Richard Dawson - Glad Cafe, Glasgow, Sat 21 Sep 2013 (4 stars)

Tyneside hero light years away from your average earnest troubadour

comments
Richard Dawson - Glad Cafe, Glasgow, Sat 21 Sep 2013

The British folk tradition continues to be a rich source of inspiration for artists raised in the experimental underground. There's little direct reference to the tradition in Howie Reeve's opening set, but there's a case for arguing that his conversational snapshots and prog-punk bass runs are a kind of DIY folk music. Rafe Fitzpatrick (fiddle wiz for Tattie Toes and Alasdair Roberts) and dada percussionist Fritz Welch explode folk forms in a superb set of clatter and saw, suggesting a weirdo UK improv take on the free-jazz violin of the late, great Billy Bang.

Bushy of beard and childlike of gait, Tyneside hero Richard Dawson takes to the stage, drinking the blood-red wine. Playing the stumblebum raconteur, he rambles hilariously about the joys of wearing shorts and talks to an invisible ghost horse. He picks at a flower pot, munching on the bitter petals, before offering them around. There's a method to this madness, however, for his ballads of the old north, industrial and rural, are haunted by spirits. A harrowing knacker's yard tale, 'Poor Old Horse', is one of Dawson's most arresting unaccompanied songs, with his ragged, open-voiced baritone, bringing a palpable sense of anger and sorrow. 'The Ghost of a Tree' finds the uncanny in a bleak winter landscape, while 'The Brisk Lad' tells of an outlaw on the moors. Dawson is an inventive guitarist too, picking out Martin Carthy-meets-Beefheart instrumentals through rusted pale amp buzz. Light years away from your average earnest troubadour, Dawson is an eccentric but fierce talent.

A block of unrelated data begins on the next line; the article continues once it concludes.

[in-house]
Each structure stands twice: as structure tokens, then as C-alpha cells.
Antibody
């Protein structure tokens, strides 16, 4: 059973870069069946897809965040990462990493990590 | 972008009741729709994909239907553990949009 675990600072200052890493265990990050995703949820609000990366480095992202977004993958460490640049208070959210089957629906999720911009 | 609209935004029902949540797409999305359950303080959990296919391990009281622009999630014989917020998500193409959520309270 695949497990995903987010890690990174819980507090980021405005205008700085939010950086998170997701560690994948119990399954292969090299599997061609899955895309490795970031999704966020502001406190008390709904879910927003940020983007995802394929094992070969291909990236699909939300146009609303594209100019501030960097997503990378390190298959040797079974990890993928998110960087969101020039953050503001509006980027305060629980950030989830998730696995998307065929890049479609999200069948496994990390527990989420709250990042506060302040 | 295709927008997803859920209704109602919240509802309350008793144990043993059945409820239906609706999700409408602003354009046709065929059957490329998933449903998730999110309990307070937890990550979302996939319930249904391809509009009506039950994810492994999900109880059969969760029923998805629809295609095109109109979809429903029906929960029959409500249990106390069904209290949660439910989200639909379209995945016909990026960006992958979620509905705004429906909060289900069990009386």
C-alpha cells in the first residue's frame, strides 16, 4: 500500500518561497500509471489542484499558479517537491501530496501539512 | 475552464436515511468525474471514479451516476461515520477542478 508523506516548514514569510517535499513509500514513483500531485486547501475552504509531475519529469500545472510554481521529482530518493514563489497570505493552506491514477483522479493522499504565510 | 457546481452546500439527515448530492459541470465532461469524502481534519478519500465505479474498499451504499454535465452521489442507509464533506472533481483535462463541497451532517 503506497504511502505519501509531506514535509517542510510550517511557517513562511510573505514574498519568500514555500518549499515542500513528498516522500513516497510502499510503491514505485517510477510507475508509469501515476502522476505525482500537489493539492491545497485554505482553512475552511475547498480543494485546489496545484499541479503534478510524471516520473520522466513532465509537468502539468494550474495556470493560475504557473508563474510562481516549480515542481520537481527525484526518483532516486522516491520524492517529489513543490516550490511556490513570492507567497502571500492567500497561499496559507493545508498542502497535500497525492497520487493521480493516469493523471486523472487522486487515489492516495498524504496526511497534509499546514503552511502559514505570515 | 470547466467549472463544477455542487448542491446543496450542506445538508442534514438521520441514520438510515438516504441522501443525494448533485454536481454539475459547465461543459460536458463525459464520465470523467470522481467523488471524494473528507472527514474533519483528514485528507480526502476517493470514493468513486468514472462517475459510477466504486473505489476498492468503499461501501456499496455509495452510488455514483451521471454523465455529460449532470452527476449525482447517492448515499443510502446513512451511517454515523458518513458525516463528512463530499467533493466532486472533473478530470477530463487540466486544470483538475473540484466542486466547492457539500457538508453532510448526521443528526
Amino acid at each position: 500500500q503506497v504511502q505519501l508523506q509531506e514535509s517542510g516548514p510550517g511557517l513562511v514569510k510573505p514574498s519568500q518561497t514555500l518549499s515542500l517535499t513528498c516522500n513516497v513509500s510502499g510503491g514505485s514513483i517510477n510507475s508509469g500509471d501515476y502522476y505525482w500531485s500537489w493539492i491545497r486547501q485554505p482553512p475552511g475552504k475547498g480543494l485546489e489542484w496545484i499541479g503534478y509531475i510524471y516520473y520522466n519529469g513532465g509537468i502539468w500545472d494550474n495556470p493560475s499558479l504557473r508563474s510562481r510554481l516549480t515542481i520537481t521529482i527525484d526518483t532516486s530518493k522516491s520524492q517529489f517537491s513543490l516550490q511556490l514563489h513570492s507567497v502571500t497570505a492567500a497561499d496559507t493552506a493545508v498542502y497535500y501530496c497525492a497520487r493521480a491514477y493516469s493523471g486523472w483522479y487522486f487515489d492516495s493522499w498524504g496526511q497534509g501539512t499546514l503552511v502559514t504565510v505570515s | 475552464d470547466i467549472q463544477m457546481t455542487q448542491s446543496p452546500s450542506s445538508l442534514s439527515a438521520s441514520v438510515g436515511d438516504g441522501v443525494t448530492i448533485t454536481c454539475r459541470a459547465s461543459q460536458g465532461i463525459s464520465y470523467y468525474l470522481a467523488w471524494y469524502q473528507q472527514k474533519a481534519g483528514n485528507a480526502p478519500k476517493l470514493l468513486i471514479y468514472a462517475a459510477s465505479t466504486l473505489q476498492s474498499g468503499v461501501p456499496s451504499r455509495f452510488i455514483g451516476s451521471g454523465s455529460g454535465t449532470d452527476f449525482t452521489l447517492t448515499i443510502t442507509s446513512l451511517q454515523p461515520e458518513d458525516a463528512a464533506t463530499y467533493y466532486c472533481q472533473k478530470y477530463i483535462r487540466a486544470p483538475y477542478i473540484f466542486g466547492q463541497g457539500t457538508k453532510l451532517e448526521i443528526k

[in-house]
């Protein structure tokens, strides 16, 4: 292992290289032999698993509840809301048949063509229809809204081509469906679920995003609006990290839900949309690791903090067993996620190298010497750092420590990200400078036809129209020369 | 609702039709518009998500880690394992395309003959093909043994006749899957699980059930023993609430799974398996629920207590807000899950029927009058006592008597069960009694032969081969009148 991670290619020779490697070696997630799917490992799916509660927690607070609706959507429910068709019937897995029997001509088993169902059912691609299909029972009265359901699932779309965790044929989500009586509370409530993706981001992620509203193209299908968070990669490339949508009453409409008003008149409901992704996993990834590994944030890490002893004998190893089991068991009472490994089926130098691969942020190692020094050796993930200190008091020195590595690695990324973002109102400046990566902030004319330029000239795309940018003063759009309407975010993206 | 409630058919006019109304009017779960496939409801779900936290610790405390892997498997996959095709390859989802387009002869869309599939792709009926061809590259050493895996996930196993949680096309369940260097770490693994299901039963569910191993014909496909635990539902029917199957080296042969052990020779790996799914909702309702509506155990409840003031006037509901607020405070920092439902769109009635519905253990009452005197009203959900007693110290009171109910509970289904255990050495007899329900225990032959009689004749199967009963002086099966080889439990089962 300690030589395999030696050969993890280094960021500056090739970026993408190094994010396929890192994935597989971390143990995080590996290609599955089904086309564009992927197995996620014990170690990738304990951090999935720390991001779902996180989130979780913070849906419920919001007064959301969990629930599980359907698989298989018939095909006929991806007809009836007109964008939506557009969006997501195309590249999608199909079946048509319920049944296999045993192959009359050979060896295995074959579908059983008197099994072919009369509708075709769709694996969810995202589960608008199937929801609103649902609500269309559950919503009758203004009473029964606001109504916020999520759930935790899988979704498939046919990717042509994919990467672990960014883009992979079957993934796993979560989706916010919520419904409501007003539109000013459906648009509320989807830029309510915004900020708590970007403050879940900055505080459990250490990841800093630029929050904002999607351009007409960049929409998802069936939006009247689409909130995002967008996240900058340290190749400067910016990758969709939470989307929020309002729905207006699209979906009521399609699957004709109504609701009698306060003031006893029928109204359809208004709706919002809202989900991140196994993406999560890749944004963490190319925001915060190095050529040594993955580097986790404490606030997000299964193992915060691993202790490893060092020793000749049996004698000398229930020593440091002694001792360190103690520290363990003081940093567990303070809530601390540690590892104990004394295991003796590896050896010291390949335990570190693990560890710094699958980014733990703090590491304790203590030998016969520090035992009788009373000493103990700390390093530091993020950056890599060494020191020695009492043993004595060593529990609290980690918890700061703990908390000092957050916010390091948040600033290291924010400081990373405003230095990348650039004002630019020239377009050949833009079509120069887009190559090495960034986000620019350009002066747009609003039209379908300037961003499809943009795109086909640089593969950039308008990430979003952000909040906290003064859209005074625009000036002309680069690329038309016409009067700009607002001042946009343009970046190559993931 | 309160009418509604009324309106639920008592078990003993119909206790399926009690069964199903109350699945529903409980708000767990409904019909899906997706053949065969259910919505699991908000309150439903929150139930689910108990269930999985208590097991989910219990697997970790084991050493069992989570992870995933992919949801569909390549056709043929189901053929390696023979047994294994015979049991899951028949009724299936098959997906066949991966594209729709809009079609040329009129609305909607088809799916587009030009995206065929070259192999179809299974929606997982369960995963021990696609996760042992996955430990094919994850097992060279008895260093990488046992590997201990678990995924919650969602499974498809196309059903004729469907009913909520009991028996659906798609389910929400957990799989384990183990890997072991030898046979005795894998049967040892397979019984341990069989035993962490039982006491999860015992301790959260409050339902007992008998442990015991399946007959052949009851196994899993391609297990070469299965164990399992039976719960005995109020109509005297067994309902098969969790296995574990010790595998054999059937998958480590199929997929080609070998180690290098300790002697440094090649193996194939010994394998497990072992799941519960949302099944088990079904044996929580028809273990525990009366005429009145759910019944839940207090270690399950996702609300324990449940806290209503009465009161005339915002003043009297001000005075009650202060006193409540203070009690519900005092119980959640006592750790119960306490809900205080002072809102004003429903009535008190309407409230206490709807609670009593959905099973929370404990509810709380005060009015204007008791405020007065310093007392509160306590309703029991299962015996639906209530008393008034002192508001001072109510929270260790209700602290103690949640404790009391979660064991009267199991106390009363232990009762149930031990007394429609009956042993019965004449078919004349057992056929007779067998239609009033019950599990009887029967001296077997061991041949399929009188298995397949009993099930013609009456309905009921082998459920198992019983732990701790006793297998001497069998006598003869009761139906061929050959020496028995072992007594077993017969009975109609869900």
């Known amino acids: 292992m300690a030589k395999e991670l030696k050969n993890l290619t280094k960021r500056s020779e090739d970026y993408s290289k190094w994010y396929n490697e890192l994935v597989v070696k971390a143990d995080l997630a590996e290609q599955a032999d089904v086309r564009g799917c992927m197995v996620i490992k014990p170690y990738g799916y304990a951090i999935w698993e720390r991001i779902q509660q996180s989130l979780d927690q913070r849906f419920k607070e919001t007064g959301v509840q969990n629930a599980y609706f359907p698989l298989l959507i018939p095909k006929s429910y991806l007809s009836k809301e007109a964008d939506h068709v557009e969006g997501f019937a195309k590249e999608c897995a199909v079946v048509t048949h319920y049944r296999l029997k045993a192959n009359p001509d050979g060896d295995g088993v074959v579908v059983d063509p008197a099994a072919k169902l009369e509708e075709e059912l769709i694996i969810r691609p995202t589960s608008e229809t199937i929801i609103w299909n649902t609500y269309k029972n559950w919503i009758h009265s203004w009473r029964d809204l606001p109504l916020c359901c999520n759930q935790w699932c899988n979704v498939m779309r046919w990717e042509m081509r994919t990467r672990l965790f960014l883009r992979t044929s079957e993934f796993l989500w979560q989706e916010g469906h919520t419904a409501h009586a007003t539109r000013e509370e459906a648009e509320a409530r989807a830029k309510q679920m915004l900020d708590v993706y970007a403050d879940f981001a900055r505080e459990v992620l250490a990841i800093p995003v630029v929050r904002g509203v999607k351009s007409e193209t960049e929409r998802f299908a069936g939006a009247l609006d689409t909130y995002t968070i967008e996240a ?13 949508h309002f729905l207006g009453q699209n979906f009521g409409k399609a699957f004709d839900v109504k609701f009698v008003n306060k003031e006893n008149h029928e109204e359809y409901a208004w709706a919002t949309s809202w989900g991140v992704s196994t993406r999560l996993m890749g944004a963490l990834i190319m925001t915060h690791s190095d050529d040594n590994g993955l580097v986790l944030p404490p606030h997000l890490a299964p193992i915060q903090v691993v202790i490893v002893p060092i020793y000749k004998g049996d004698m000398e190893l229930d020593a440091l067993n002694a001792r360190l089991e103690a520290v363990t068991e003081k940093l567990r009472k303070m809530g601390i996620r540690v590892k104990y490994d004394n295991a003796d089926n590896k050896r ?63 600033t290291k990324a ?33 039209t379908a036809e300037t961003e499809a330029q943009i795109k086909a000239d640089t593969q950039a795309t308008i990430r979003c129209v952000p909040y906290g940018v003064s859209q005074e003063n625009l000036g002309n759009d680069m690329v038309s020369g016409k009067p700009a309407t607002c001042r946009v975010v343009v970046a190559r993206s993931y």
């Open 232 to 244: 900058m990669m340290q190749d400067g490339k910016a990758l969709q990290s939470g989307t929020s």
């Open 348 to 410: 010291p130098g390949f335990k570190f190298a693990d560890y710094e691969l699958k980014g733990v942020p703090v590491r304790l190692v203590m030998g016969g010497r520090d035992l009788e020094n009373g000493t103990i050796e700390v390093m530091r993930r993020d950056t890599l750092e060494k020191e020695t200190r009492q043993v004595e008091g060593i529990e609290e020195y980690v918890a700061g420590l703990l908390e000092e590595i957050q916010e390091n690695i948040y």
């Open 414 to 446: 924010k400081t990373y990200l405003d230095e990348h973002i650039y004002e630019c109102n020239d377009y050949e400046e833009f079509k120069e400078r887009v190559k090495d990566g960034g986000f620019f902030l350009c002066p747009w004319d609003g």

RM Hubbert

Guitar instrumentals from the artist who won the Scottish Album of the Year in 2013.

Richard Dawson

Acclaimed Northumbrian singer-songwriter drawing comparisons to John Martyn and Captain Beefheart.

Comments

Post a comment